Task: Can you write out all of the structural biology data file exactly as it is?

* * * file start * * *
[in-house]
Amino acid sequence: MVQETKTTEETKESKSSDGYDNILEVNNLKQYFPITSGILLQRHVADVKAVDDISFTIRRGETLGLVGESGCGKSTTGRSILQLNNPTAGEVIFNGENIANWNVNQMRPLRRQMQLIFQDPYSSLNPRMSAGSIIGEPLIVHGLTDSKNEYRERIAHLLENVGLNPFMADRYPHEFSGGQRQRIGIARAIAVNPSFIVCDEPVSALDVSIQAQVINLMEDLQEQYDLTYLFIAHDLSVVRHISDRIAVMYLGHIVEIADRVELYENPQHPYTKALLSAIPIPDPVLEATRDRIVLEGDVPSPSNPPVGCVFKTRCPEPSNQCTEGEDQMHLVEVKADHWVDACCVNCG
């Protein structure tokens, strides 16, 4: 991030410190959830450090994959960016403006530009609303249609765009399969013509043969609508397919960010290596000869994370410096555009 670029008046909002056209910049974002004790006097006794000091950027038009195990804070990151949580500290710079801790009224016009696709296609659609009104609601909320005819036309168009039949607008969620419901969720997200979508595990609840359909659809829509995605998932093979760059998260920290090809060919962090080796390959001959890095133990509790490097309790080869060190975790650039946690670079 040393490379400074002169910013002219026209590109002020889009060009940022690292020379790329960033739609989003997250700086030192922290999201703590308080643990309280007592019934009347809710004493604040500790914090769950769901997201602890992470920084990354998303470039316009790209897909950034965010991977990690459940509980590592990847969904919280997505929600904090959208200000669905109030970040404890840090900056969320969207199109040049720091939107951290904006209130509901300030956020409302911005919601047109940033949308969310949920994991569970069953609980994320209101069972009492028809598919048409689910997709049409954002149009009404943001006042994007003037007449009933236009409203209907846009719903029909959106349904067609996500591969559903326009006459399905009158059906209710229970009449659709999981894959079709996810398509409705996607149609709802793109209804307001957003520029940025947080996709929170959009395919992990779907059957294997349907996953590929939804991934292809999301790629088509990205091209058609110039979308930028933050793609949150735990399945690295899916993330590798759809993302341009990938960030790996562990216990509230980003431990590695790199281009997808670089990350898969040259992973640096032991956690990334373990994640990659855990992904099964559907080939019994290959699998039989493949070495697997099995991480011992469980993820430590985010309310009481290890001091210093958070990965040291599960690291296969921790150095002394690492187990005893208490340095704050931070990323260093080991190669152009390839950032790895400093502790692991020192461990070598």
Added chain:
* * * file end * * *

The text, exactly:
[in-house]
Amino acid sequence: MVQETKTTEETKESKSSDGYDNILEVNNLKQYFPITSGILLQRHVADVKAVDDISFTIRRGETLGLVGESGCGKSTTGRSILQLNNPTAGEVIFNGENIANWNVNQMRPLRRQMQLIFQDPYSSLNPRMSAGSIIGEPLIVHGLTDSKNEYRERIAHLLENVGLNPFMADRYPHEFSGGQRQRIGIARAIAVNPSFIVCDEPVSALDVSIQAQVINLMEDLQEQYDLTYLFIAHDLSVVRHISDRIAVMYLGHIVEIADRVELYENPQHPYTKALLSAIPIPDPVLEATRDRIVLEGDVPSPSNPPVGCVFKTRCPEPSNQCTEGEDQMHLVEVKADHWVDACCVNCG
């Protein structure tokens, strides 16, 4: 991030410190959830450090994959960016403006530009609303249609765009399969013509043969609508397919960010290596000869994370410096555009 670029008046909002056209910049974002004790006097006794000091950027038009195990804070990151949580500290710079801790009224016009696709296609659609009104609601909320005819036309168009039949607008969620419901969720997200979508595990609840359909659809829509995605998932093979760059998260920290090809060919962090080796390959001959890095133990509790490097309790080869060190975790650039946690670079 040393490379400074002169910013002219026209590109002020889009060009940022690292020379790329960033739609989003997250700086030192922290999201703590308080643990309280007592019934009347809710004493604040500790914090769950769901997201602890992470920084990354998303470039316009790209897909950034965010991977990690459940509980590592990847969904919280997505929600904090959208200000669905109030970040404890840090900056969320969207199109040049720091939107951290904006209130509901300030956020409302911005919601047109940033949308969310949920994991569970069953609980994320209101069972009492028809598919048409689910997709049409954002149009009404943001006042994007003037007449009933236009409203209907846009719903029909959106349904067609996500591969559903326009006459399905009158059906209710229970009449659709999981894959079709996810398509409705996607149609709802793109209804307001957003520029940025947080996709929170959009395919992990779907059957294997349907996953590929939804991934292809999301790629088509990205091209058609110039979308930028933050793609949150735990399945690295899916993330590798759809993302341009990938960030790996562990216990509230980003431990590695790199281009997808670089990350898969040259992973640096032991956690990334373990994640990659855990992904099964559907080939019994290959699998039989493949070495697997099995991480011992469980993820430590985010309310009481290890001091210093958070990965040291599960690291296969921790150095002394690492187990005893208490340095704050931070990323260093080991190669152009390839950032790895400093502790692991020192461990070598």
Added chain: